Initially, BumbleBee had no evasion checks, but adversaries quickly adapted. Within months, they incorporated 35 evasion checks, with further additions in subsequent updates. These evasion checks are designed to ensure that the malware remains undetectable, especially within virtual environments. When BumbleBee detects that it’s within a virtual environment, it behaves benignly, deceiving sandbox analysis. As a result, the malware appears harmless, leading to its release into the target environment.
However, when an Endpoint Detection and Response (EDR) system eventually raises suspicions, security analysts face a daunting task. Tier-3 analysts may need to spend several hours reverse engineering and inspecting the sample to determine its true nature.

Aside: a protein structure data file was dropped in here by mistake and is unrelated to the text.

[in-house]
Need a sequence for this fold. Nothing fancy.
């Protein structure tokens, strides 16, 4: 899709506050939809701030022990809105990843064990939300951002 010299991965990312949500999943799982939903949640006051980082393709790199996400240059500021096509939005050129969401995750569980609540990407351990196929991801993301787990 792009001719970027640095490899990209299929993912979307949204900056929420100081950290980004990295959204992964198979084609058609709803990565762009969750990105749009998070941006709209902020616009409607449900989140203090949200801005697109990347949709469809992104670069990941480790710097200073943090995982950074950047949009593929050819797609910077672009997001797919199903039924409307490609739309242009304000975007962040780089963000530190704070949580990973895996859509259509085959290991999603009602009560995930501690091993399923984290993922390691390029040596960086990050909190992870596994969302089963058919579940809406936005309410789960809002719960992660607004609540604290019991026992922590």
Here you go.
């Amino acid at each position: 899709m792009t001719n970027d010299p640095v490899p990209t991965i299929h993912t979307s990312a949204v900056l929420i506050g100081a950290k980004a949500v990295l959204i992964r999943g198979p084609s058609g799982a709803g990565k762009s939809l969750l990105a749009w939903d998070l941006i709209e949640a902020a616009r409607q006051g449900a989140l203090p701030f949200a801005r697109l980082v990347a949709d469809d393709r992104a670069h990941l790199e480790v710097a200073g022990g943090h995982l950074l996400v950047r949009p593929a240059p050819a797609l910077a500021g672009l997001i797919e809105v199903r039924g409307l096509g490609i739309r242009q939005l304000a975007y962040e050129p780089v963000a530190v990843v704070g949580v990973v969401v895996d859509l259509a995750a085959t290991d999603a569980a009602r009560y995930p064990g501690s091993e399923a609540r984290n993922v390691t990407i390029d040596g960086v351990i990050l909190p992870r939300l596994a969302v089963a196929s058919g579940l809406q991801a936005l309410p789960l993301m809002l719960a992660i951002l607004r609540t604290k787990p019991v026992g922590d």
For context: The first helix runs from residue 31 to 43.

Understanding the elaborate tactics used by adversaries like those behind BumbleBee is essential in the ongoing battle for cybersecurity. In the chapters ahead, we will delve deeper into these evasion techniques and explore their implications for security automation.
In conclusion, this chapter has illuminated the motives driving adversaries to invest substantial resources in evading sandboxes. We’ve unraveled the intricate tactics they employ to outsmart these critical cybersecurity defenses, shedding light on the vulnerabilities of certain sandboxing technologies.
As we journey further into the realm of cybersecurity, our next chapter will explore the diverse landscape of sandboxing technologies and delve into the crucial aspect of profiling these solutions. Join us as we uncover the nuances that define the efficacy of sandbox defenses in our ongoing battle against evolving cyber threats.
Combating sandbox evasion for a more effective security automation
Profiling different types of sandboxes